The Facebook (NASDAQ: FB) owned messaging app WhatsApp could be laying the groundwork for the world’s biggest ecommerce and financial transaction platform and nobody has noticed.

The basis for this platform will be the decision to offer to end-to-end encryption to all WhatsApp users. The apps’ creators Jan Koum and Brian Acton who now work for Mark Zuckerberg, announced the decision in an April 5, blog post. In their announcement and media coverage the two emphasized the action as a defense of privacy against government snooping.

“From now on when you and your contacts use the latest version of the app, every call you make, and every message, photo, video, file, and voice message you send, is end-to-end encrypted by default, including group chats,” the two assured users.

What they did not mention was how the encryption makes WhatsApp far more valuable as a business solution. If the encryption lives up to the media hype, a Wired article even claimed that WhatsApp would not be able to decrypt a message even to comply with a warrant or court order. It could be perfect communications solution for a host of professionals that need client confidentiality including attorneys and accountants.

WhatsApp is now a Data Transmission Solution

It seems to be no coincidence that the encryption was announced shortly after WhatsApp added a feature that makes it possible to share PDF documents over the service. Another recently added feature allows users to use WhatsApp to send PDF documents, photographs, messages and even videos to cloud storage solutions such as Dropbox.

Judging by these moves, it looks like Koum, Acton and Zuckerberg are slowly converting their simple app into a data-transmission service for business and commerce. That makes it more like a high-end encrypted messaging service as Telegram or Viber than a text-messaging service such as Twitter.

The difference is that WhatsApp is available to one billion people, many of whom live in the developing world; not just middle and upper class professionals in Europe and the United States. Koum and Acton have effectively cab given drivers in Mumbai and small business owners in Argentina the same capability as attorneys in New York or journalists in London.

An Extremely Disruptive Ecommerce Solution

Naturally this capability is going to be extremely disruptive, especially when people realize that they can use it for ecommerce. A major purpose would be to mask transactions made in Bitcoin or other means made in an attempt to get around tax or banking laws. That could wreak serious havoc in countries such as Argentina and Venezuela where the government tries to control all money transfers.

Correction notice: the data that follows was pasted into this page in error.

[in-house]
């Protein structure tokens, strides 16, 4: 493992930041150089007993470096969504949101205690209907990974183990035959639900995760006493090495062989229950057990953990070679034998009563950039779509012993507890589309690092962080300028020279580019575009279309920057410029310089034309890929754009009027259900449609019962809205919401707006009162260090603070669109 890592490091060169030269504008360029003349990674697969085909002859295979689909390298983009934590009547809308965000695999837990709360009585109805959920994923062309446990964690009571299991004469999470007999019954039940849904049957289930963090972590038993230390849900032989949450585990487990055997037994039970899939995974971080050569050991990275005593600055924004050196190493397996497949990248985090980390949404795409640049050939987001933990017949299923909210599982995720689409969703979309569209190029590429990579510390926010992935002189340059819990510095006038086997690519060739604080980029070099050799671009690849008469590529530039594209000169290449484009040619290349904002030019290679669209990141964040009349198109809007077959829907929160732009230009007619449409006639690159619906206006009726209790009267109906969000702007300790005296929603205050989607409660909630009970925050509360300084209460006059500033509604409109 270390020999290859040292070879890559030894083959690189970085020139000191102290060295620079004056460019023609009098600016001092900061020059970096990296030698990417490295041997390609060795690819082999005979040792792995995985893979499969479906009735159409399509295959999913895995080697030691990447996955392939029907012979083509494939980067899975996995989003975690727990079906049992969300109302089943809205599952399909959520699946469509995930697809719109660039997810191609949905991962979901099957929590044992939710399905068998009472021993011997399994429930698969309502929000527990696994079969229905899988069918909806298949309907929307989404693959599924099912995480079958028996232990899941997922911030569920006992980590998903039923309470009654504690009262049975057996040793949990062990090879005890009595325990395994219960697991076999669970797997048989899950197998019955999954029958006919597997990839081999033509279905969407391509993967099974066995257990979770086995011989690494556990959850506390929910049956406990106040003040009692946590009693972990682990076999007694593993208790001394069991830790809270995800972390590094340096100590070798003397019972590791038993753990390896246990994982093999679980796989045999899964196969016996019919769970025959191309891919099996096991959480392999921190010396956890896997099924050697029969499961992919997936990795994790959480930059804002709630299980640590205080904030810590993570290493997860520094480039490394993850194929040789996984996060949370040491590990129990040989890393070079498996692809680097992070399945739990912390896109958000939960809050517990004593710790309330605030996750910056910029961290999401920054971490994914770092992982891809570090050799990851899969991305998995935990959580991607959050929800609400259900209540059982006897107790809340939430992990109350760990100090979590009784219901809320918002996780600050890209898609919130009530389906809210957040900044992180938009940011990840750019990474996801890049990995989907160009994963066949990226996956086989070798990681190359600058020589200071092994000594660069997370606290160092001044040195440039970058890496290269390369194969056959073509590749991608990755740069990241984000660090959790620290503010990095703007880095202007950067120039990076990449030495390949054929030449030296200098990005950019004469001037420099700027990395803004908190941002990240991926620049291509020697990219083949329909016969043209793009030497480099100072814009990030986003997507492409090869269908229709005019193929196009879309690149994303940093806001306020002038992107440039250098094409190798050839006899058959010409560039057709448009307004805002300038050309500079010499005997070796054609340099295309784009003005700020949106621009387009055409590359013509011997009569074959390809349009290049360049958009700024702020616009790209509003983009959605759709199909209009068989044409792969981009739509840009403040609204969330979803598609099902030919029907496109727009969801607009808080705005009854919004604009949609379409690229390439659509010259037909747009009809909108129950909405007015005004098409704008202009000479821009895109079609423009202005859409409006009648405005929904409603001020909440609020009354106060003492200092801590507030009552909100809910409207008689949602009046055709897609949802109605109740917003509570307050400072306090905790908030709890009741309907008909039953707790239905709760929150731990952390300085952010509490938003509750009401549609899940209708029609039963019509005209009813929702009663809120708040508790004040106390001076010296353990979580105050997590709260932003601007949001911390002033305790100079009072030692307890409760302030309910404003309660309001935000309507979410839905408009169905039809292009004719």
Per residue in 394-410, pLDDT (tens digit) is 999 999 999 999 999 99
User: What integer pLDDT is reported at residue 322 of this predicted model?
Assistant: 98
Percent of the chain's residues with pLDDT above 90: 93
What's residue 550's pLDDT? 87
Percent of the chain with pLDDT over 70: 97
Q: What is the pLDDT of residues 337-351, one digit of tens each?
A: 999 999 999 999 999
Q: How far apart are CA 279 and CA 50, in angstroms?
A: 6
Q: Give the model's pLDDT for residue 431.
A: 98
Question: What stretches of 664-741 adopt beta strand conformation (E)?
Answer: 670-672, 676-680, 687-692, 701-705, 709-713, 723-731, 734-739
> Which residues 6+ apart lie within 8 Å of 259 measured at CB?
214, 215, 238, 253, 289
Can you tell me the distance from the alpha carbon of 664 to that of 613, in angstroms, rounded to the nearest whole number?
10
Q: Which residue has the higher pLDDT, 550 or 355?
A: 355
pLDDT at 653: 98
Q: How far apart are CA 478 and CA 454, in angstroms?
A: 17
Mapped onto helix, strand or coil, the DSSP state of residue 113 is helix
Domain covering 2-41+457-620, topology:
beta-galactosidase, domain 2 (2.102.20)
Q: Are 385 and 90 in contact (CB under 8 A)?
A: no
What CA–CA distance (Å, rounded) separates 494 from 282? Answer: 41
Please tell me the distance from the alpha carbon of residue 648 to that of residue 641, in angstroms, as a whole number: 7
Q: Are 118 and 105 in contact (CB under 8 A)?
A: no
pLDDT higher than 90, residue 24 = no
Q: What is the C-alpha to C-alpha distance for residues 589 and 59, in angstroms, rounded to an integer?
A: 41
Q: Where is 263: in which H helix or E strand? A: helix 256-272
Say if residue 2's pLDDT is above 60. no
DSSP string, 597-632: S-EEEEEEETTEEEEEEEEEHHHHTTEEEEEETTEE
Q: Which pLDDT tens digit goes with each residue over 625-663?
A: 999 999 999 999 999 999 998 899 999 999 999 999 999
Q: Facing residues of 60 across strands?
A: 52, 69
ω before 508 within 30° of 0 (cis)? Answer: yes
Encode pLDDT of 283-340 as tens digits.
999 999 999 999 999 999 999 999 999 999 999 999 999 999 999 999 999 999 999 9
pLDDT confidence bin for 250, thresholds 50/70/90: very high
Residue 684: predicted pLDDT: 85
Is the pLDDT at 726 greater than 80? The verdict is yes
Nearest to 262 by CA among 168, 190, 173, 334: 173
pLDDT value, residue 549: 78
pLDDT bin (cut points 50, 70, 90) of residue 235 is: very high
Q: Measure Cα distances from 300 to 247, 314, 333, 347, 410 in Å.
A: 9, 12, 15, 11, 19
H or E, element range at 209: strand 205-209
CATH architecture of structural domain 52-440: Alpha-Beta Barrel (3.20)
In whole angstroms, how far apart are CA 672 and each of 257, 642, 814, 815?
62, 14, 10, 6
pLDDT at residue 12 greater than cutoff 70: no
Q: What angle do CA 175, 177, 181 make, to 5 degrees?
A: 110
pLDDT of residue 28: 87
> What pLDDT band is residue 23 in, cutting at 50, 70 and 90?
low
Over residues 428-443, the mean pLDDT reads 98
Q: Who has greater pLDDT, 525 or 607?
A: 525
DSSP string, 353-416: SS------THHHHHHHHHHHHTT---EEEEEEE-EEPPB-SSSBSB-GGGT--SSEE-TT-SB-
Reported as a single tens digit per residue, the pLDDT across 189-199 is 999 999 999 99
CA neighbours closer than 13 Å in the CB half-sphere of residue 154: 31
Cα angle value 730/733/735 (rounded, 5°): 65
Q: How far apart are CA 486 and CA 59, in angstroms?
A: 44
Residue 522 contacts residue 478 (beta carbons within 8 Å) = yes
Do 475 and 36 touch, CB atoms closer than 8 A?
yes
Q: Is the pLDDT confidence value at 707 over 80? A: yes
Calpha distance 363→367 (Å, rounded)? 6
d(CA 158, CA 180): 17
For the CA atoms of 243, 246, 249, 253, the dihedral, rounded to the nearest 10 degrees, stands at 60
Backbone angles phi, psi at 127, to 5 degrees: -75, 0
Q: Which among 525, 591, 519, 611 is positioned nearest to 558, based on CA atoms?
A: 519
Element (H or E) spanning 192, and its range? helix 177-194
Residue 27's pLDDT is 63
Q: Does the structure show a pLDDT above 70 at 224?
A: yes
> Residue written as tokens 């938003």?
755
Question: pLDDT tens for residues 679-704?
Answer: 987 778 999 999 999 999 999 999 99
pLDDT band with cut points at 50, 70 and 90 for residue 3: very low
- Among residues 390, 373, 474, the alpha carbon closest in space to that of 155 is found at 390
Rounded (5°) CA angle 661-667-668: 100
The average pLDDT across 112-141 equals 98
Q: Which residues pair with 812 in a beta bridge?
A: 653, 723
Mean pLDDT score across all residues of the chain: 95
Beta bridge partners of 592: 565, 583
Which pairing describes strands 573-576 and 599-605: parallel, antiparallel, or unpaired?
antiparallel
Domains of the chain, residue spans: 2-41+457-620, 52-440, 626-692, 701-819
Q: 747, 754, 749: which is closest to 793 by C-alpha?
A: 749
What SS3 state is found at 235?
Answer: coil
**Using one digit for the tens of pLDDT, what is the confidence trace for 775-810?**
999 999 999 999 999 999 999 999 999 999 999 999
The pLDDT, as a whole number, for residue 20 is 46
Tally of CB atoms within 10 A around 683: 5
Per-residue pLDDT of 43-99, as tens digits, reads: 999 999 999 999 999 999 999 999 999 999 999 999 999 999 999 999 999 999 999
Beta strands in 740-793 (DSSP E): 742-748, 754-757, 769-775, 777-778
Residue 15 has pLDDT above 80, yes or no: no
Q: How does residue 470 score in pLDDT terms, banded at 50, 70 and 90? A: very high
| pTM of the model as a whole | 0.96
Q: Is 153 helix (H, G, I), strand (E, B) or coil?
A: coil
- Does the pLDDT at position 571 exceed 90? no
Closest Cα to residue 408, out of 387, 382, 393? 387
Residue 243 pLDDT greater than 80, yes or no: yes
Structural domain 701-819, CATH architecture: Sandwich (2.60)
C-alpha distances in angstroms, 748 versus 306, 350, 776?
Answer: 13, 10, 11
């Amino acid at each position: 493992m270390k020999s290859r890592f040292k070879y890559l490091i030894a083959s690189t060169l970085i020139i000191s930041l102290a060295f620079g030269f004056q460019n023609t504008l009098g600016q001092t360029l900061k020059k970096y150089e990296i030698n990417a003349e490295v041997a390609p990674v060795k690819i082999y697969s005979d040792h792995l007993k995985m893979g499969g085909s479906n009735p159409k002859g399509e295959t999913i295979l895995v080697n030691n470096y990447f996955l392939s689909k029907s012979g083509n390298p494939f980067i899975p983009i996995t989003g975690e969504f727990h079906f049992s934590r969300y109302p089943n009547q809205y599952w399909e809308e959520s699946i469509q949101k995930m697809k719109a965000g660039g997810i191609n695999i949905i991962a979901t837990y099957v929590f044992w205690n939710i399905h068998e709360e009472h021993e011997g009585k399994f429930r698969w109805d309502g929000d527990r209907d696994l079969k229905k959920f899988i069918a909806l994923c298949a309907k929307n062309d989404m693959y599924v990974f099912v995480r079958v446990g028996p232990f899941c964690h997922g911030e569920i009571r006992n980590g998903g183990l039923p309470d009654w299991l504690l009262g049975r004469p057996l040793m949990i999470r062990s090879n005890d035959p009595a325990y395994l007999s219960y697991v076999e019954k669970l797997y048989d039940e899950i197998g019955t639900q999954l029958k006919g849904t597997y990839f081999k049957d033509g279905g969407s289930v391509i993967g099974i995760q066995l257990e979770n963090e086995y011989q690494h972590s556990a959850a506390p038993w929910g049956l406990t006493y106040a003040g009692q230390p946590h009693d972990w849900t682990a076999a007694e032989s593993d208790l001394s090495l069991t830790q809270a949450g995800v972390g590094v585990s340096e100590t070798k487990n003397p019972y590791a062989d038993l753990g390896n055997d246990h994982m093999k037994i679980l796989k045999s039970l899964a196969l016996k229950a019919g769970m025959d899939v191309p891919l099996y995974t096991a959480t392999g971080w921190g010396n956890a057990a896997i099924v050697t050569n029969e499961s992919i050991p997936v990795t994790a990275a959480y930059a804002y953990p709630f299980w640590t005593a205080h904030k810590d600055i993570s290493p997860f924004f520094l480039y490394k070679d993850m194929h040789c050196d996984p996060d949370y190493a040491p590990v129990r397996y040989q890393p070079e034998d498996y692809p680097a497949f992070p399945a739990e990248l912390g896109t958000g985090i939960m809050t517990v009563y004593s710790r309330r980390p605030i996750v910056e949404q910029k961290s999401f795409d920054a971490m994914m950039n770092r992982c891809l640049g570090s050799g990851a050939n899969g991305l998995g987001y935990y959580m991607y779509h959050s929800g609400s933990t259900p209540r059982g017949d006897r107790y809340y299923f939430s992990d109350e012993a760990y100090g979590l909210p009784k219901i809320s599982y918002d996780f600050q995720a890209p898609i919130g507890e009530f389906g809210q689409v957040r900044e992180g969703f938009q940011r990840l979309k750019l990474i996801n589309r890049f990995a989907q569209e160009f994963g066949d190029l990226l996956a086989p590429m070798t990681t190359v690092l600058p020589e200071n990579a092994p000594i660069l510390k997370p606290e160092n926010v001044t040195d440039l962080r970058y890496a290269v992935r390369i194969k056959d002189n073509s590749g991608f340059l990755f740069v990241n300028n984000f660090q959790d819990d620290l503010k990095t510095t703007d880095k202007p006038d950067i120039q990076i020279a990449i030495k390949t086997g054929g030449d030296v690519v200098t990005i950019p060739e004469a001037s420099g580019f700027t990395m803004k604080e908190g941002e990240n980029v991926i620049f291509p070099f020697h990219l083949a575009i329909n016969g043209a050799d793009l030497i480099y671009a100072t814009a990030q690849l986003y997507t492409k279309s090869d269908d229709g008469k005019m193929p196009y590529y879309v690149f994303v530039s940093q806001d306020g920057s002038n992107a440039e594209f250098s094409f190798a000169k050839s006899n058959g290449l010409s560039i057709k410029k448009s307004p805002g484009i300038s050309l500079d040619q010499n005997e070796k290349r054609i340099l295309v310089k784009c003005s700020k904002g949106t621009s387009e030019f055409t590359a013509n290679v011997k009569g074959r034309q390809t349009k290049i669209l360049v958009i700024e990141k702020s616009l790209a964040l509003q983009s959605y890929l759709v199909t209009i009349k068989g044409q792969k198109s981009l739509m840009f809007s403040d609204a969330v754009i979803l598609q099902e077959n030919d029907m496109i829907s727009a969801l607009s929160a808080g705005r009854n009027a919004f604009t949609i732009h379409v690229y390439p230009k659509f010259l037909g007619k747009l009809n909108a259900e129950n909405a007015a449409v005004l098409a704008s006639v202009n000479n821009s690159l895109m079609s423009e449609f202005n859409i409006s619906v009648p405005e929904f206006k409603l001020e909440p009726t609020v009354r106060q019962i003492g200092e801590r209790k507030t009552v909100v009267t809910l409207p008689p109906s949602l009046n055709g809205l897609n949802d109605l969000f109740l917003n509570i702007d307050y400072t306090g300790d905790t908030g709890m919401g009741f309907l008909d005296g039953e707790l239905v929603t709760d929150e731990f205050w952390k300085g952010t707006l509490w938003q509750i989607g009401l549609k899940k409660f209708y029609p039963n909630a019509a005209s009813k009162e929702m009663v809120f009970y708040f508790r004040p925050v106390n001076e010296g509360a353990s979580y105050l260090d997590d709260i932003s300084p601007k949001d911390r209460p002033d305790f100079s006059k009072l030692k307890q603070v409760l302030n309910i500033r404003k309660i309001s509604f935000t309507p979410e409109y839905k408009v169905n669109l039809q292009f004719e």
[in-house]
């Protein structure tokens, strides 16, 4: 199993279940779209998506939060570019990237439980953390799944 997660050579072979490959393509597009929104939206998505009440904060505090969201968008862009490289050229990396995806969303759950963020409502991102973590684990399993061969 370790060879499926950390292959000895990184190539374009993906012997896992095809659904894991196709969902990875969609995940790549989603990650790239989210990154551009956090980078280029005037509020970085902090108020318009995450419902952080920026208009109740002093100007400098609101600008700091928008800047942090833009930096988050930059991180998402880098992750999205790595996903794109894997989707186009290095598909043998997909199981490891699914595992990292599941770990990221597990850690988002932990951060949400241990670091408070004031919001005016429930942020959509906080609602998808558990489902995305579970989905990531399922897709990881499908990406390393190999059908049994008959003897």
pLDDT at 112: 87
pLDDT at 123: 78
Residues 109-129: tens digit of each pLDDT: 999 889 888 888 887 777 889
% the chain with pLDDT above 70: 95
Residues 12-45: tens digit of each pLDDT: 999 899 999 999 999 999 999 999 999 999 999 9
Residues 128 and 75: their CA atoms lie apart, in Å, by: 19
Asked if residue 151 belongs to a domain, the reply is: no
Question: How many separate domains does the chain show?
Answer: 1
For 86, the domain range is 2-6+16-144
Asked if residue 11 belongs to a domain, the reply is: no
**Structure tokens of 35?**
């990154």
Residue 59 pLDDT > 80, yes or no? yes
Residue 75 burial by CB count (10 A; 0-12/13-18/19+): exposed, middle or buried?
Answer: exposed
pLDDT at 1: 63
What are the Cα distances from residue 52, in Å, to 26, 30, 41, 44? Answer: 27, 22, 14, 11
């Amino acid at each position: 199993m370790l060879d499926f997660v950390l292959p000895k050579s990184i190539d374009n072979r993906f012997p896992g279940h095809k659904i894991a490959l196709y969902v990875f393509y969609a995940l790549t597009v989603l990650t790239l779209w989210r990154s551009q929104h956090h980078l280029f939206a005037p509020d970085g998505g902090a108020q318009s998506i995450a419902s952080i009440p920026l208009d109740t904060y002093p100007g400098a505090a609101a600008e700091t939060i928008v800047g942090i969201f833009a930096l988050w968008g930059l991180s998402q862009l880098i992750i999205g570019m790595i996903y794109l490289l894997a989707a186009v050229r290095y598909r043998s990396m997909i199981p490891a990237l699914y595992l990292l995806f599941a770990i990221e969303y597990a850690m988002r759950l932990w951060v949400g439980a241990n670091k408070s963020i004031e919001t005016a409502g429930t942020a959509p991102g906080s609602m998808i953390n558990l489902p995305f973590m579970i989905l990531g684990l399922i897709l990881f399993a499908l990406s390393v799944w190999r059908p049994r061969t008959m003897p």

An even more disruptive use of an encrypted WhatsApp would be to allow people to connect to ecommerce platforms in other countries. This could let people make purchases without paying sales taxes or even to purchase goods; such as drugs or firearms, that are illegal in their countries online.

One has wonder how long it will be before law enforcement, central bankers and tax collectors try to crack down on WhatsApp. David Cameron’s government already tried to ban the solution in the United Kingdom last year. Her Majesty’s Government backed down after media coverage sparked a popular outcry against the proposal.

Will WhatsApp become a Money Transmission Medium?

The next logical step after encryption is the same one that Apple (NASDAQ: AAPL) has already taken to add a digital wallet to WhatsApp. The encryption, like the vaunted iPhone security; is vital to this step to get people to trust WhatsApp with their financial information.

A major reason why Apple CEO Tim Cook made such an outcry against FBI efforts to force Apple to crack the iPhone was to protect Apple Pay. A payment solution such as Apple Pay will only be used by consumers if they think it is secure.

A digital wallet could also be the key to making money from WhatsApp. The service currently loses money for Facebook even though it has one billion users. If Facebook could create a digital wallet; or add an existing digital wallet such as PayPal’s Venmo to WhatsApp, and charge a small fee say one cent on each transaction it could make a fortune.

A WhatsApp Digital Wallet could be Immensely Profitable

Those fees could quickly add up if Zuckerberg could figure out how to get tens or hundreds of millions of people to use a WhatsApp digital wallet. A major use for such a solution would for immigrants in Europe or North America to remit money to the folks back home. The World Bank estimated that immigrants remitted $414 billion (€363.09 billion) to friends and family in their homelands in 2013.

Such a solution would be both incredibly popular and highly disruptive, particularly if it were combined with something like Bitcoin. We’ve already seen the economic havoc wreaked by the ability of the rich and large corporations to transfer money to tax havens such as Panama. How are income taxes supposed to work if everybody from the Uber driver to the movie star can transfer their money out of the country at the touch of an app?

WhatsApp’s end-to-end encryption could lay the basis for a new world ecommerce and financial transaction platform. It could also become the focus of destructive political controversies when governments realize the capabilities such encrypted communications could give to the average person.

An encrypted WhatsApp could make Facebook one of the most valuable companies in the world. It could also make Facebook one of the most hated corporations in government offices across the globe.


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